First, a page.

My first reaction is how fun for a barbecue even today!
With no maker or company name on these skewers, we can’t figure that out. I can tell from the style of the “Japan” mark they were imported into the U.S. after 1921.
They do look to be from the period from mid-century to the 1970s. The condition is excellent and clean. I think having the set complete is a plus. I like the assortment of characters as well.
Value should be around $50 to a collector. Depending on how you market them it could be less, to a buyer for resale.
Hope this was helpful, Bob. Thanks for sharing your fun barbecue items.
Can you tell me if people even still use alarm clocks? This was in my parents’ home for years. It still works fine. I just don’t have a need for it any longer.
Does it have value to someone?
I bet there are many people that still use alarm clocks — electric ones, and maybe some people even still use wind-ups.
Your Big Ben clock is from the early 1900s and looks like one of the first models. Westclox Co. has an interesting history. Your clock working is a plus for you, Kate. The value would be in the range of $60 to a collector or decorator. Who doesn’t love the look and charm of an antique timepiece?
Thanks for sharing with us, Kate. I hope you find time to find your clock a new home.
I have a question about this tiny chicken plastic charm. My mom always had it in a jewelry box. It was special to her. Would you know why? Thanks, Donna,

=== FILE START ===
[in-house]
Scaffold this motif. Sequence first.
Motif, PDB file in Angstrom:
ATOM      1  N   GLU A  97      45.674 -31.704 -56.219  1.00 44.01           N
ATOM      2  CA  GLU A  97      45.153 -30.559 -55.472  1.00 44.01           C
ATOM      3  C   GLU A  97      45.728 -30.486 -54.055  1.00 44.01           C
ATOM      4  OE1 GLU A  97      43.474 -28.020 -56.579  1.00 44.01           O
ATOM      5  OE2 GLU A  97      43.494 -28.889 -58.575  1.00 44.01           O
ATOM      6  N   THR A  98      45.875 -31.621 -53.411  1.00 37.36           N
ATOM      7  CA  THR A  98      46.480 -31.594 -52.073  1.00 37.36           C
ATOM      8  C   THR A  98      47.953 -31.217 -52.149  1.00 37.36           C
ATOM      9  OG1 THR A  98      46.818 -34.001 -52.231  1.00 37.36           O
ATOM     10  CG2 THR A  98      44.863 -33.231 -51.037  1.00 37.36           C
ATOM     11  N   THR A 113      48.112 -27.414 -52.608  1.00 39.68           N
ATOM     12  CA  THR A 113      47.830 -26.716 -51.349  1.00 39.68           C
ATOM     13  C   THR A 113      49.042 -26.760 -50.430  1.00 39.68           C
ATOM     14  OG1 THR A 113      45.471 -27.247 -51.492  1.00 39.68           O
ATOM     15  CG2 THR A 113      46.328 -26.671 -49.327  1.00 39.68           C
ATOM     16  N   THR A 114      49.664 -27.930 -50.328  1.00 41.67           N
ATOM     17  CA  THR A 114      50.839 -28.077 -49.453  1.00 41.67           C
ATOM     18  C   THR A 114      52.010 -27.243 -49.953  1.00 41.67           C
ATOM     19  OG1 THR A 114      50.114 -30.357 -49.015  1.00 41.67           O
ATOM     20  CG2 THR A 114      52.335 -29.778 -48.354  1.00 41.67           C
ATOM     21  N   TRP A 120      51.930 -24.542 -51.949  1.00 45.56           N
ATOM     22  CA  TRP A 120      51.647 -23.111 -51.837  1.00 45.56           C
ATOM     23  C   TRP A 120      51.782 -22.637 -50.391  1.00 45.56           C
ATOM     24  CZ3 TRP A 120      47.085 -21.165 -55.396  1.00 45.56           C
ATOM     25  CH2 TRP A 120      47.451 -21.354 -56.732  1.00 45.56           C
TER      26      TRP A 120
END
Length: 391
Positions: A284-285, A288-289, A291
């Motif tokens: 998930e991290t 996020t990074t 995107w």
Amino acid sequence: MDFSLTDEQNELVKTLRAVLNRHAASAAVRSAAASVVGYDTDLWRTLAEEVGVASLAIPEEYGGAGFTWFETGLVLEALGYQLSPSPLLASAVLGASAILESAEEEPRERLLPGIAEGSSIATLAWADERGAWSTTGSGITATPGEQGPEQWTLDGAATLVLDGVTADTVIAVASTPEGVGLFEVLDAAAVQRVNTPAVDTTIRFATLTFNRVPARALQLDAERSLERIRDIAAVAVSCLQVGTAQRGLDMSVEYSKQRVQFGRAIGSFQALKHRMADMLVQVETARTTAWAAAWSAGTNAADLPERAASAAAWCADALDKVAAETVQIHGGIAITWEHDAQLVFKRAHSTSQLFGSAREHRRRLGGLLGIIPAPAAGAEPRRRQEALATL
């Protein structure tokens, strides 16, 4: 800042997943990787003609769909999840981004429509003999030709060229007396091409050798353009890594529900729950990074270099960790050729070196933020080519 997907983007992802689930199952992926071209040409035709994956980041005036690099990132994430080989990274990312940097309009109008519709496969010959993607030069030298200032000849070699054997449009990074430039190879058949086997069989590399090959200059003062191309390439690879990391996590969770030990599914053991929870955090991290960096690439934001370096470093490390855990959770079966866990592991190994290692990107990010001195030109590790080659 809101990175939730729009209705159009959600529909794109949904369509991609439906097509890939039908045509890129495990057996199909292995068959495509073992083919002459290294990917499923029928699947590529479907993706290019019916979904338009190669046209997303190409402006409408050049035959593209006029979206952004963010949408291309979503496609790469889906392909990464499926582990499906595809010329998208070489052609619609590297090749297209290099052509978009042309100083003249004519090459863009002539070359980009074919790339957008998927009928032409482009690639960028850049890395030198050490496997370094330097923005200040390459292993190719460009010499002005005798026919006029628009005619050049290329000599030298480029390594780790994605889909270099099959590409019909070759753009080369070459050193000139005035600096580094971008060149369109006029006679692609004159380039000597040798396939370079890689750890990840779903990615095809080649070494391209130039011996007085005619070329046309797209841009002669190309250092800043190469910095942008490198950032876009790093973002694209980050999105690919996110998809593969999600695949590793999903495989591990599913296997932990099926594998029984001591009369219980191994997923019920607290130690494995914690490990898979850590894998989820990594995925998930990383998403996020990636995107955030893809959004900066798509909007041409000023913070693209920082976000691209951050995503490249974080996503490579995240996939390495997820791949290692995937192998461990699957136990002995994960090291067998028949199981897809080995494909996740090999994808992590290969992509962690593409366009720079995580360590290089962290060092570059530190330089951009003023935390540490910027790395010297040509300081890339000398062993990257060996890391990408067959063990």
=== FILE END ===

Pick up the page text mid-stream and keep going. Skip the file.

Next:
The special part of this Cracker Jack prize charm. Hmmm. Has to be the situation at the time she acquired it.
Is there anyone who doesn’t know Cracker Jacks? The sweet popcorn treat has been around since the late 1800’s. Inside the box was that special treat toy charm you couldn’t wait to unwrap. Your chicken charm is from the 1940’s, Tina.
Prizes and charms are still in the boxes of sweet popcorn. Older ones like yours vary in price but all are collectible. I would say yours is in the $20 range. Some can bring a lot more, depending on the rarity. Common ones can bring a lot less as well. The idea was to collect lots of them and buy more Cracker Jack.
A fun collection to have with a history behind them. I hope this was helpful, Tina. Thanks for sharing.
I have had these six luncheon plates in storage for years. I’m wondering if you can tell me anything about them and their value. Thank you!